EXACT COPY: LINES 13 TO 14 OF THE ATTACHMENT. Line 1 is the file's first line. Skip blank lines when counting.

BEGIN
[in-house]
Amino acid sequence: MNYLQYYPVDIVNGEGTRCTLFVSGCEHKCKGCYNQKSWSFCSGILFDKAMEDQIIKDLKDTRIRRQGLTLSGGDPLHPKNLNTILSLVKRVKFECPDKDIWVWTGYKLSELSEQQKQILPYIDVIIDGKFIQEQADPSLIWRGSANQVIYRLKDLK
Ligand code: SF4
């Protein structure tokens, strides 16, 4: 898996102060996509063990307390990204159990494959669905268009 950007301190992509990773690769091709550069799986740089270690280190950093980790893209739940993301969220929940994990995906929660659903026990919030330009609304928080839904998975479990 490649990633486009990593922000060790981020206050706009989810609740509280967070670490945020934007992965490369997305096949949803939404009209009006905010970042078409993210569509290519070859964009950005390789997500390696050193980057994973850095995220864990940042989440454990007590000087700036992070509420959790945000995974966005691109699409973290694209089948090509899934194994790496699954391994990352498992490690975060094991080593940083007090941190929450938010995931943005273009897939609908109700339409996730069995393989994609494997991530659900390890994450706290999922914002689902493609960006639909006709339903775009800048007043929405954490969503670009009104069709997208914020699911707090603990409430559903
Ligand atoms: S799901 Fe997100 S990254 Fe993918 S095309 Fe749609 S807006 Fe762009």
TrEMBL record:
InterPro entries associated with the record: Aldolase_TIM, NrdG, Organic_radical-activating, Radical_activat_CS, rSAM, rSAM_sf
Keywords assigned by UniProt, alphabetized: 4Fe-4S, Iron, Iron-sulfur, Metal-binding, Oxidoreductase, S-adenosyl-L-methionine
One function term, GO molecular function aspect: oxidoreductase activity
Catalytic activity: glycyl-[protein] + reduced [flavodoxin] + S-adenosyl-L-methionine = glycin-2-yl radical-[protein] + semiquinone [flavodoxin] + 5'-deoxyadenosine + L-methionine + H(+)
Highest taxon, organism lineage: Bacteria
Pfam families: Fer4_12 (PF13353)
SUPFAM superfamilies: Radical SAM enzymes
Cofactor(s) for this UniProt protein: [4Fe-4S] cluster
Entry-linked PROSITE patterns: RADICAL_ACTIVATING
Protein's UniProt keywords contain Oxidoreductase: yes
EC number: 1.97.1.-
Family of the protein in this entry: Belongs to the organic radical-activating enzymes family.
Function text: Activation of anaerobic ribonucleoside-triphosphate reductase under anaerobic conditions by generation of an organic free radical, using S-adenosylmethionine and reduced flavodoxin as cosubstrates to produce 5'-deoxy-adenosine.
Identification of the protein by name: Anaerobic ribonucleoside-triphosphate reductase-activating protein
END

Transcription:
SUPFAM superfamilies: Radical SAM enzymes
Cofactor(s) for this UniProt protein: [4Fe-4S] cluster